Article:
Astronomical success for Kerry stargazers
The night sky over the Skelligs. Pic: Peter Cox
An area in south west Kerry is to be recognised as having some of the best skies in the world in which to star gaze, following a local campaign.
A 700 sq km section of the Iveragh Peninsula will be awarded the first Dark Sky Reserve designation in the Northern Hemisphere – and will receive top marks in the "Gold Tier" designation.
The International Dark Sky Association is an advocacy group for the protection of night skies, and founded its Dark Sky Reserve programme in 2001.
It is expected Kerry's award will lead to an increase in astro-tourism.
St Finian's Bay, Ballinskelligs. Pic: Steve Owens
The award follows a three-year campaign by the Kerry Dark Sky Group. John Griffin from Kerry County Council said lights in the whole county are to be retro-fitted, as they were in the south west:
"The council were able to give us specialist advice, put a program in place, and give a commitment that we'll be renewing all our public lighting in the entire county progressively from 2014 with dark sky-compliant lighting."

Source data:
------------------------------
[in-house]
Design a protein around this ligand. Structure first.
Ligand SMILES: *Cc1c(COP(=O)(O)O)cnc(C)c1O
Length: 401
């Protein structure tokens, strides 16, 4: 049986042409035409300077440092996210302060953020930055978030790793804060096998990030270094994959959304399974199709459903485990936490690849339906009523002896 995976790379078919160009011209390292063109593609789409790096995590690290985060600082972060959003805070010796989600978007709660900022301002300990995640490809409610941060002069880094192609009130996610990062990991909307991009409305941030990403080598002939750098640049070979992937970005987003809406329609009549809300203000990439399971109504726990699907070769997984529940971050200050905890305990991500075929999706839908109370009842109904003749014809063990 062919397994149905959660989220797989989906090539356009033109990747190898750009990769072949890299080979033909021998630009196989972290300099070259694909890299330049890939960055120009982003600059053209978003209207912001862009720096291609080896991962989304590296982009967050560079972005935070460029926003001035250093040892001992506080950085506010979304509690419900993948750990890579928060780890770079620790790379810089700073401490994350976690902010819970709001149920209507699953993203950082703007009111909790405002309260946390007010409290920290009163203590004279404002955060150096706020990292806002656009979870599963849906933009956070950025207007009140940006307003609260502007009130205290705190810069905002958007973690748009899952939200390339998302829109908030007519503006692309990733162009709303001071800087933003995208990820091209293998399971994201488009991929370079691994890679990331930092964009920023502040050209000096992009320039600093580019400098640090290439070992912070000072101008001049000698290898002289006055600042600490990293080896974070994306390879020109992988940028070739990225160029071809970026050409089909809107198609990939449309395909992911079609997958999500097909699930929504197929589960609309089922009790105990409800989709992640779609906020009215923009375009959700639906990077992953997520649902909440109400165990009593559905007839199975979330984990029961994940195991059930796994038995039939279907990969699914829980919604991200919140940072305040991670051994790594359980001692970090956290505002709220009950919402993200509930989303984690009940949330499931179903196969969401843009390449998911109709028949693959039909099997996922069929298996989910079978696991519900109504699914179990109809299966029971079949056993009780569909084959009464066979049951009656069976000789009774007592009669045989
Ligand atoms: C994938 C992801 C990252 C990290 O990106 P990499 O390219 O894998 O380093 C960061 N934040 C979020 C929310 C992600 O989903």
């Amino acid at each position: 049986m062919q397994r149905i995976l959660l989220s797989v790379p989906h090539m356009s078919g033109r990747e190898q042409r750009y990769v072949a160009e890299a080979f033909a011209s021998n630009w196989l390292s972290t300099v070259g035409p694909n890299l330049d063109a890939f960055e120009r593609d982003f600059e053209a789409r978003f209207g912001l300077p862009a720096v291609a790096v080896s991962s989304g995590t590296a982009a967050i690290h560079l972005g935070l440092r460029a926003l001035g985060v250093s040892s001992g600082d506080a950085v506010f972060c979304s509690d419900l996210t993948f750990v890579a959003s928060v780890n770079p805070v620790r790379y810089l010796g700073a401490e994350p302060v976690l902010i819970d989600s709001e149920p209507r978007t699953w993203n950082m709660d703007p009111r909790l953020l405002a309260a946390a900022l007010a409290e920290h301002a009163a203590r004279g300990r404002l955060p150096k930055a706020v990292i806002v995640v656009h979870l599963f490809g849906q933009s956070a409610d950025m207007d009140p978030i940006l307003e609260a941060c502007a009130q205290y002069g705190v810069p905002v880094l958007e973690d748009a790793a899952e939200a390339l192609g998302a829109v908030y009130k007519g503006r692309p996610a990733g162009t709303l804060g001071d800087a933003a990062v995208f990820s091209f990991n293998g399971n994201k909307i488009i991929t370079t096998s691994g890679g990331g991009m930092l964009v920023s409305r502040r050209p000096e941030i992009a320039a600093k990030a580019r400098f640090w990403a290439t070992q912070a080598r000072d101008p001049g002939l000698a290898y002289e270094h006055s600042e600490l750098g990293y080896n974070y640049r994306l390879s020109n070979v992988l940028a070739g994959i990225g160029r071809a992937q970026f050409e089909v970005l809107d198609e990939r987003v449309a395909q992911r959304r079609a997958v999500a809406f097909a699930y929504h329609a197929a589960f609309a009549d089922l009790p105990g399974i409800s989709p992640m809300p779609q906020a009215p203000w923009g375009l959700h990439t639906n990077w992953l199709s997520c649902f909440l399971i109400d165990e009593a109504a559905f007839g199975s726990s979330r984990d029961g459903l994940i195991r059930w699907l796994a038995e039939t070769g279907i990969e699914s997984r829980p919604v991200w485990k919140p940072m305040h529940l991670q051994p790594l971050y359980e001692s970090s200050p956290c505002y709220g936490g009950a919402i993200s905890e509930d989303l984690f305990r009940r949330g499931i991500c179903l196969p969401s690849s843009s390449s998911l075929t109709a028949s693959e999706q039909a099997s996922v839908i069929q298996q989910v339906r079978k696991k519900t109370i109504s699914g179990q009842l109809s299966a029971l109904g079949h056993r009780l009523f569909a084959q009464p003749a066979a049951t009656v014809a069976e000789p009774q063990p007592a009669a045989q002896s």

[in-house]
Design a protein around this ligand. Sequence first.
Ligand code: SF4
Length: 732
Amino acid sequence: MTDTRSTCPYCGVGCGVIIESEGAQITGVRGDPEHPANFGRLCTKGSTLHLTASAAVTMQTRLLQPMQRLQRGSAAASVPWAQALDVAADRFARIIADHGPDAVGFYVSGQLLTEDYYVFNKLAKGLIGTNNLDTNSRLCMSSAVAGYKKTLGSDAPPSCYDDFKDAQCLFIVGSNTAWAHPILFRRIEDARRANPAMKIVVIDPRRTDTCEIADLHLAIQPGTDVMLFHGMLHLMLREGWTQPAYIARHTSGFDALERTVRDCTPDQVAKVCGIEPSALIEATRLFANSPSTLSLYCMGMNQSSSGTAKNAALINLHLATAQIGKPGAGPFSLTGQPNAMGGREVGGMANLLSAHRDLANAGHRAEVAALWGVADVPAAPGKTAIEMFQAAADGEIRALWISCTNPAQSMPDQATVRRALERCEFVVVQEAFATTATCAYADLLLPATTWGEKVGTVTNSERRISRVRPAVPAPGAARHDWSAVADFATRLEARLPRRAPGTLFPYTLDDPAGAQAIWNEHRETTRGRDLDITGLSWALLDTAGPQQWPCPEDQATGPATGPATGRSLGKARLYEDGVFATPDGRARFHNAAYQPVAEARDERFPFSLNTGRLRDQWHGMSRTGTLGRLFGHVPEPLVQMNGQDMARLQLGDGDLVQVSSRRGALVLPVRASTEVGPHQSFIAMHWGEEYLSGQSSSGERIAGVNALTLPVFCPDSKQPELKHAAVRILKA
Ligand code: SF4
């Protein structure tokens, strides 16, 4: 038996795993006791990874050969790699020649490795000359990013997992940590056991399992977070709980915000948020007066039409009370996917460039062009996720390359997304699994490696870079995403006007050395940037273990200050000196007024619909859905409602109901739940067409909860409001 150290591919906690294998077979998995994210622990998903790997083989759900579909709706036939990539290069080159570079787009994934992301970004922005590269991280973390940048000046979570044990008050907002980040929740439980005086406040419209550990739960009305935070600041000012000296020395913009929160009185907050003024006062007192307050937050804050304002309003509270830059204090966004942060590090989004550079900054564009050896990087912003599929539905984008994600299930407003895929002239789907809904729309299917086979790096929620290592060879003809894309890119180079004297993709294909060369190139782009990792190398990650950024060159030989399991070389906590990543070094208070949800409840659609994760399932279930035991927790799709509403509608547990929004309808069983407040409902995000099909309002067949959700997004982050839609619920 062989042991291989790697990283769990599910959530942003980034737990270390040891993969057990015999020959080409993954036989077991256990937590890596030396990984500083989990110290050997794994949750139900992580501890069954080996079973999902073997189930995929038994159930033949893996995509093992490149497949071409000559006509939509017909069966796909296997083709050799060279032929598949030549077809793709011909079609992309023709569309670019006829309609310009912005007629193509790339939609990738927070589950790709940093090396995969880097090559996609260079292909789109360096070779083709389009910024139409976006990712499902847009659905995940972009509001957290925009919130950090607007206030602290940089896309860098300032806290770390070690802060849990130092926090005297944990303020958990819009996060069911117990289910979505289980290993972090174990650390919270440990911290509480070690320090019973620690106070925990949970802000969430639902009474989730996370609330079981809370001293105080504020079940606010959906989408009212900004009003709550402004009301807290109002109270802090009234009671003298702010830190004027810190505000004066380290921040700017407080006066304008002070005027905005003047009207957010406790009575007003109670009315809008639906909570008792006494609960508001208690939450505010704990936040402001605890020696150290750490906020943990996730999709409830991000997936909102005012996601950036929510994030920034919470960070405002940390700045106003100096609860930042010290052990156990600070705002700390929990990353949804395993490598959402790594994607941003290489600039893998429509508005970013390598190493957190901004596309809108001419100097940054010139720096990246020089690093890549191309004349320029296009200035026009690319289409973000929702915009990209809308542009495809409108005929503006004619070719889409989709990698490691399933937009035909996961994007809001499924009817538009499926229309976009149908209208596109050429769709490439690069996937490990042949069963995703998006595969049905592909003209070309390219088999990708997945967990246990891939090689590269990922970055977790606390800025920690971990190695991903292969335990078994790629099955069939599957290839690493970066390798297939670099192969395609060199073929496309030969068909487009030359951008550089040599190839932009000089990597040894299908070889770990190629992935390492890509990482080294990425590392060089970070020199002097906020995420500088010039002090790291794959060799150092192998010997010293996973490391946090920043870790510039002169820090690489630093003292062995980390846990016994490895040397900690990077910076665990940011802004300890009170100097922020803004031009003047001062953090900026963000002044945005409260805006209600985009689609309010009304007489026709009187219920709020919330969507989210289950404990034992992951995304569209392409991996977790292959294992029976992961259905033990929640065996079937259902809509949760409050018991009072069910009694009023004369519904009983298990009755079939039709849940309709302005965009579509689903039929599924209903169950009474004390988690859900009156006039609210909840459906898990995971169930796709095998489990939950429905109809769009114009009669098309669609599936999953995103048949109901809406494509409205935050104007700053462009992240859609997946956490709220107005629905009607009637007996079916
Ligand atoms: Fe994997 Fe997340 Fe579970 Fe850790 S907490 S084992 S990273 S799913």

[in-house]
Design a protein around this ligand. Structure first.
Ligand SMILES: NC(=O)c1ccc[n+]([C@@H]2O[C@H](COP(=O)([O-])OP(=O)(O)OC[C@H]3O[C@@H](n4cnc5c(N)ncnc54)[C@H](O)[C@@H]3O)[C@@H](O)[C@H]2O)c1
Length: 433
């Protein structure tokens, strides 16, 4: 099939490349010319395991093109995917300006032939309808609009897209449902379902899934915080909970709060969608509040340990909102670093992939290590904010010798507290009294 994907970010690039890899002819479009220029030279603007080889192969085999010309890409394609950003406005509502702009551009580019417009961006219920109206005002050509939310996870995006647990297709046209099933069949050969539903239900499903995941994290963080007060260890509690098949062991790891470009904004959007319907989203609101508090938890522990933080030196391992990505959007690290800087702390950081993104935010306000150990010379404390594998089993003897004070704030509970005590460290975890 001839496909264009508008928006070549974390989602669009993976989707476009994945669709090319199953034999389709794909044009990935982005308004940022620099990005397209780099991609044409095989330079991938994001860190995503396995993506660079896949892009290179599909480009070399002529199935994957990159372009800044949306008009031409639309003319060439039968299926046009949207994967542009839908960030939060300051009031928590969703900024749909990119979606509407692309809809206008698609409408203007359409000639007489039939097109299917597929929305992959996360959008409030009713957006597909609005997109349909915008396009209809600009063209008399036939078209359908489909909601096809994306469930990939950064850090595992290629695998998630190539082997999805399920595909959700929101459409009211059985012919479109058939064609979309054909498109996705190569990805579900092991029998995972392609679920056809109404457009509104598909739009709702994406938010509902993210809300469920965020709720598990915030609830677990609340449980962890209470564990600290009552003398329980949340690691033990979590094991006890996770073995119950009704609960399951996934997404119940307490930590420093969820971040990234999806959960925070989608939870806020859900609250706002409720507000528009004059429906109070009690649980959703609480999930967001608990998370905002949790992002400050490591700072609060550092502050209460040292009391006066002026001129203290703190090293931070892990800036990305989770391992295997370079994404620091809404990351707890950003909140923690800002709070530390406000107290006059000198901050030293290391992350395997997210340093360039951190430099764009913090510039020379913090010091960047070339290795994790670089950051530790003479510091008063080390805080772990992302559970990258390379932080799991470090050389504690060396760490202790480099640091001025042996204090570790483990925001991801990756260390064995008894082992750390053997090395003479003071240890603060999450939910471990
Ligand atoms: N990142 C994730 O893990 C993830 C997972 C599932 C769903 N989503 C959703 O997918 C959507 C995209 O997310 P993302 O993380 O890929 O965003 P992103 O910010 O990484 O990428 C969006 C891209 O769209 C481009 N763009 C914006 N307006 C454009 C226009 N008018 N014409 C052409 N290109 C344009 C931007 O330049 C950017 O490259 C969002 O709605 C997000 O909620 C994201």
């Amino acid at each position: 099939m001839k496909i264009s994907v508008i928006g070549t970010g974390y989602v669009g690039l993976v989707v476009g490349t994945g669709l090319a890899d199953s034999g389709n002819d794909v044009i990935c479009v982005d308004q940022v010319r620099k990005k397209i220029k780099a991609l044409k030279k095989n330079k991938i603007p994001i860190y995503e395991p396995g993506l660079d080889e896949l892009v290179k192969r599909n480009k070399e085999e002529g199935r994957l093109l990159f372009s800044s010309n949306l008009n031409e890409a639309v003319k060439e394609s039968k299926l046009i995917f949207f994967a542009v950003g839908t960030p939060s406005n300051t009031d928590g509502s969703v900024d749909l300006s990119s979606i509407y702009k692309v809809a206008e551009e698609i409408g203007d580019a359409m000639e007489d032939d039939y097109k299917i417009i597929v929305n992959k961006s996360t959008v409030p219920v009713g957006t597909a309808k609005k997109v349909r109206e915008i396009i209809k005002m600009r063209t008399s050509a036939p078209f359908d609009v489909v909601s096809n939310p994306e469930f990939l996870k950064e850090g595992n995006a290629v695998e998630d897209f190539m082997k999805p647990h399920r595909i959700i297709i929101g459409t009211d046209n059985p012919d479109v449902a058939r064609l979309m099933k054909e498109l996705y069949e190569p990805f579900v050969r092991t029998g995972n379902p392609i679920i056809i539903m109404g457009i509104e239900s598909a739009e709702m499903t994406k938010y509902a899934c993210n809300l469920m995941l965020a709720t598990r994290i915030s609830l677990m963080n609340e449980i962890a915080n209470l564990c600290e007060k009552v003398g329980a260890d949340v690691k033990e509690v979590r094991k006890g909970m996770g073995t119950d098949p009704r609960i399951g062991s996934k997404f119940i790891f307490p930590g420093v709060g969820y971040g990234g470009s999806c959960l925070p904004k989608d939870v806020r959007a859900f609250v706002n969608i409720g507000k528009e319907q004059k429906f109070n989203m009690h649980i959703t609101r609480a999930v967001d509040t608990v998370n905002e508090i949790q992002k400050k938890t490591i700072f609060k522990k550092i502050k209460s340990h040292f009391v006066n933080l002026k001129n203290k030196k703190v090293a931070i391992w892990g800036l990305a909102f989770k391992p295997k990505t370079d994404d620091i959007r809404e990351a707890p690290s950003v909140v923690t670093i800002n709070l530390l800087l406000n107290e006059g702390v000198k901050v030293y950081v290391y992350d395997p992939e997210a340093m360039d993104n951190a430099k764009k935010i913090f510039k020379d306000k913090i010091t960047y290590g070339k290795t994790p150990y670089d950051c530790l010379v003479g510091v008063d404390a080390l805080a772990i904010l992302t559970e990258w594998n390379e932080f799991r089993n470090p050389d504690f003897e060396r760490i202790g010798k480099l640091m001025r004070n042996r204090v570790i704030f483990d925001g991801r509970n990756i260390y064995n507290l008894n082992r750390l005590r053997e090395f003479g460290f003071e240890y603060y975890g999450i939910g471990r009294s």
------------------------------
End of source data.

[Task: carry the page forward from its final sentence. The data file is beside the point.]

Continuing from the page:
Dark sky-compliant lighting focuses the light down on to the ground – where it is needed – and avoids emitting light into the sky.
Light pollution of that kind makes it much more difficult to see stars, and is most often visible as the faint orange glow in the sky over cities.
A spokesperson for Fáilte Ireland said the new status was particularly welcome as Irish tourism seeks to establish the Wild Atlantic Way route.
“Achieving dark sky status will allow visitors to view some the exceptional sky-scapes of South Kerry, which will create magical moments to treasure and experience along the Wild Atlantic Way,” they said.
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